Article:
An Intro to Heat Treating, part III


Note: As I'm writing this I realize that the amount of information I originally wished to contain in this article was far too much, therefore this week's article is focusing on Normalizing alone

Now that you understand what goes on in the chemical structure of steel, we can focus on applying this knowledge. 

First, a couple disclaimers:

You may do everything to the letter I've outlined in this article and in the past few, and you won't be chopping boards and shaving hair. This is because different steels require different temperatures, and for truly excellent heat treating, you must start out with the temperatures and processes outlined in steel charts for the steel you're using, then further test and tweak to get it where you want it. 

So, let's get to the actual process. Heat treating is a general term for using various heating and cooling rates to change the physical properties of steel. Underneath this we can break simple heat treating down into three basic processes: Normalizing, Hardening, and Tempering. Now there are a few others, such as Cryo Tempering and Annealing, but we won't get into them until the last few articles. 


After forging, steel has a lot of stresses and a large grain size, which makes the steel quite brittle without being hard. Normalizing is done in several cycles, two or three after forging and another cycle after rough grinding.

If you remember last week's article, a steel bar will be formed of many grains, which are composed of steel atoms arranged in a particular pattern (BCC) along a certain plane. One grain will have a pattern oriented in a slightly different angle than the grain next to it.

Larger (and so, fewer) grains produces a weaker structure than smaller (and so, more numerous) grains. The goal of Normalizing is to minimize the size of the grains. 

As the steel is heated past critical temperature, new grains (FCC structure) will begin to grow along the borders of the already formed BCC grains. Soon past critical temperature, all the BCC grains have been converted to smaller and more numerous FCC grains.

A side note: If this temperature is held, and further, if the steel is worked say by a hammer, some grains break down and join their larger neighbors, and the overall grain structure is made larger. This is obviously not what we want. 

The process for normalizing thus far is as follows: the steel is heated up to critical temperature, often a little hotter to make sure of full grain conversion. Once you're sure it's evenly heated, remove the steel from the heat and let it air cool until it's completely black.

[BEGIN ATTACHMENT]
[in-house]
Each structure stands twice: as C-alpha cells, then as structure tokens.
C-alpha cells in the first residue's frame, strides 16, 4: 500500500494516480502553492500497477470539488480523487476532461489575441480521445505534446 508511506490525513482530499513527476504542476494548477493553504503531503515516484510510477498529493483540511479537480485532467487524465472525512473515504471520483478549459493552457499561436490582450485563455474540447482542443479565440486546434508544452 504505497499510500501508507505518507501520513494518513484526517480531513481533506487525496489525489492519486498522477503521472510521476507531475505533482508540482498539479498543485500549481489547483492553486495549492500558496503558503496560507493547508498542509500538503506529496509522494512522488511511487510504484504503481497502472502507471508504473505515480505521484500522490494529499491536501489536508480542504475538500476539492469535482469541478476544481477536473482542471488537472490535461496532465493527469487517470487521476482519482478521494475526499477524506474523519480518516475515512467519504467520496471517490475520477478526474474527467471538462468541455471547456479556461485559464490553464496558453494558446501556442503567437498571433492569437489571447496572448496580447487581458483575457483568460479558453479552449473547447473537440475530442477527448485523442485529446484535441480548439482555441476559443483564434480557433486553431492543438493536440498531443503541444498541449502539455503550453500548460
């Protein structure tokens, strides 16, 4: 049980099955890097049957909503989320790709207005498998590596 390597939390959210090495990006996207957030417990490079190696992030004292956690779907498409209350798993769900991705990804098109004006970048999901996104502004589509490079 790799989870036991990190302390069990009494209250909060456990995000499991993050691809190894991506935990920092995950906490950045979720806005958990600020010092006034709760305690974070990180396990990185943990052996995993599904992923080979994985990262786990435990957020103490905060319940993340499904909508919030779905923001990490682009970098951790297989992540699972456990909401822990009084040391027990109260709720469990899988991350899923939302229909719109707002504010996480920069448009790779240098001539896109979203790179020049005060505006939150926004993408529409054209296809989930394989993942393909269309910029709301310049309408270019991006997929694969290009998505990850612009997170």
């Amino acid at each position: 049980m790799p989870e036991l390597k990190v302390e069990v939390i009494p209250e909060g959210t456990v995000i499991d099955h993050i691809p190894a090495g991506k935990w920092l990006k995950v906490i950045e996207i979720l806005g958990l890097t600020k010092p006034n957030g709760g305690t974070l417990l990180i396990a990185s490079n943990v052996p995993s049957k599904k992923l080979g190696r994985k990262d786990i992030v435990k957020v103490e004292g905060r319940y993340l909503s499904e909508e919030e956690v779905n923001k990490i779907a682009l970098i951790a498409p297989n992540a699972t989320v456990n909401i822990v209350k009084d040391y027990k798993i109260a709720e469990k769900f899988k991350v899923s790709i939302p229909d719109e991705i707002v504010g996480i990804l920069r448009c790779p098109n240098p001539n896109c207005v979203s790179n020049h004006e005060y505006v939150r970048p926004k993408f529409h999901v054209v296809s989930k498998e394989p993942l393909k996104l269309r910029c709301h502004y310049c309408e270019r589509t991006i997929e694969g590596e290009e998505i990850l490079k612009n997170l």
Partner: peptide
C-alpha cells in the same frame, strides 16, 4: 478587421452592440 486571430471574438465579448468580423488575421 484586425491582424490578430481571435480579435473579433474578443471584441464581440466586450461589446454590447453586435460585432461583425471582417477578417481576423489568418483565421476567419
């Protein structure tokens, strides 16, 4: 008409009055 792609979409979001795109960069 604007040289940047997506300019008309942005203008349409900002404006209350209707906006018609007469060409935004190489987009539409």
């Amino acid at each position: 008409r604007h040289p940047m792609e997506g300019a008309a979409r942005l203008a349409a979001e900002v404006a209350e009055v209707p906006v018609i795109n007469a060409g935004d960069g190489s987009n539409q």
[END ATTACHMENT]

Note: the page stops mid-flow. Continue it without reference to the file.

So what does that do? As the steel cools below critical temperature, the grains once again begin to convert; BCC grains form and the junctions of the FCC grains. Again, these grains are slightly smaller than the previous ones. 

Heating and cooling like this is one cycle of normalizing. This process is repeated, usually 2-4 times, each time further refining and shrinking the grain size. 

Many knife makers will occasionally make a test blade, and after various chopping and cutting tests, and finally testing it to destruction where the blade breaks, will observe the grain structure. The steel will not break through the grains, rather, the weak points are the junctions in the grains, so a broken end of a steel bar will show you quite clearly the grain size, as in the cover photo at the top of this article. 

So there it is, the process for normalizing. To recap, normalizing is done by heating a bit above critical temperature then letting it air cool until completely black. This cycle is done three or four times. Many smiths prefer two or three cycles after forging, and another cycle after rough grinding. The effect of normalizing is to refine the grain structure and relieve stress, creating a blade with much higher overall strength. 

P.S. As mentioned at the beginning of this article, I originally intended to stuff all the different parts of heat treating into one article,  but that was far too much information. So, next week, we'll take a look at hardening. Before hardening, you have a "knife-shaped object". If it survives hardening, a real blade is truly born. 

Caleb Harris

I’ve always fooled around with tools and hardware, but I think my passion with blades started far back in my childhood: wooden swordfights with the neighborhood kids. I became the neighborhood “blacksmith”, using my grandfather’s tools to hammer little crossguards onto wooden sticks. I always tried to find the best scrap wood: lightest, strongest, trying to get the perfect length and shape for each “customer”. This started my passion with blades.
When I was ten years old, I joined a local rock and gem club, learning stonecutting and cabbing, and through that came to take silversmithing lessons from a local jeweler. It wasn’t until around the age of 13, that I turned my attention to bladesmithing, which has captured my heart. 
 My personal obsession with bladesmithing, as I’m sure you can relate, isn’t just the joy and passion of the making: the musical clang of the hammer on steel, the shower of sparks on the grinder, the whisk of the blade over the sharpening stone, but also of the fulfillment in creating something that is twofold: that of beauty, and that of function. It’s trying to make something that is as much an art piece, as a tool that you can trust your life with. That’s what caught my heart, and the pursuit of that perfect combination still drives me.